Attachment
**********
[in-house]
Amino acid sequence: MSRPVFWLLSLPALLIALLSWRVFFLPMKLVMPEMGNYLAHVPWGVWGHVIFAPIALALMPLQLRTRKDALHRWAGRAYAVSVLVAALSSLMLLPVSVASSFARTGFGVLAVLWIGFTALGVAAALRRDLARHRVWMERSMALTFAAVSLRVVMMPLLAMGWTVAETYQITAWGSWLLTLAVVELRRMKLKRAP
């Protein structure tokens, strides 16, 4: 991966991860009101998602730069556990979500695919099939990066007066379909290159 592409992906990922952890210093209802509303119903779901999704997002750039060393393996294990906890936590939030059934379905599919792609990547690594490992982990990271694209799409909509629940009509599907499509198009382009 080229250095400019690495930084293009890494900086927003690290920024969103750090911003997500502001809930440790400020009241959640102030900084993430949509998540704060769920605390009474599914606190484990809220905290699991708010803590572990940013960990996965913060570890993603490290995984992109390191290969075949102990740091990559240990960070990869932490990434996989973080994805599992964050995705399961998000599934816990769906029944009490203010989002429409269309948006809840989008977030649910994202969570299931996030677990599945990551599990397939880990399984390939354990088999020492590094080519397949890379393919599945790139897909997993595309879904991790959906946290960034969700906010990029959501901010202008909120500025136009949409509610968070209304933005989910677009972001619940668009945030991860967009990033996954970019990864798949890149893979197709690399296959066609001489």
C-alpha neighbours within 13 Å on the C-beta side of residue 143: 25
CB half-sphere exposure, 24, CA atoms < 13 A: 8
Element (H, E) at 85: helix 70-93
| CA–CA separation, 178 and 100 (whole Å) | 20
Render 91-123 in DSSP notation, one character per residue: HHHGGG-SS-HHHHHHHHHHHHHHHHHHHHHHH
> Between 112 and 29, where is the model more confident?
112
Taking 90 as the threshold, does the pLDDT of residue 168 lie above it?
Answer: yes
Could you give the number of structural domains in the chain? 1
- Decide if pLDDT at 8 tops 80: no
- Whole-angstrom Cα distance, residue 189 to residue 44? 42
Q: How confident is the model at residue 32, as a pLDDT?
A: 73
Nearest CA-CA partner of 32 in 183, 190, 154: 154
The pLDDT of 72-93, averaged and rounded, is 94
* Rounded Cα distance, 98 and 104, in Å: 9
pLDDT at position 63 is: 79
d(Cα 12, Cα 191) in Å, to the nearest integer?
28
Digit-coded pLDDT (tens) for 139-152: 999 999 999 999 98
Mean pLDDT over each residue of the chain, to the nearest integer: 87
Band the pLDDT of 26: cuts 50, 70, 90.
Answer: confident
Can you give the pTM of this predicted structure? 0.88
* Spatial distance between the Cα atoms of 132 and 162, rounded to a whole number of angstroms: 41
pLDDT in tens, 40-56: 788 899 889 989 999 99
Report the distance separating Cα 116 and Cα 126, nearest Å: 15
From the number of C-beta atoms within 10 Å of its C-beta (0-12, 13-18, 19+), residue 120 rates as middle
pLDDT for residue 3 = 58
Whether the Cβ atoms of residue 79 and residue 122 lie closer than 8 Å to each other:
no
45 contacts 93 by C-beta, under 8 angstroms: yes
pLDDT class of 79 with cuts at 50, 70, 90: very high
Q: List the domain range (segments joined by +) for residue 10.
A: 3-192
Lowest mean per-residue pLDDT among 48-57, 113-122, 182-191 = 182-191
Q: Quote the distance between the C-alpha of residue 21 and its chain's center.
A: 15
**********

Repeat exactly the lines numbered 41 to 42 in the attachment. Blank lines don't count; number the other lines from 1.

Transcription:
Q: Quote the distance between the C-alpha of residue 21 and its chain's center.
A: 15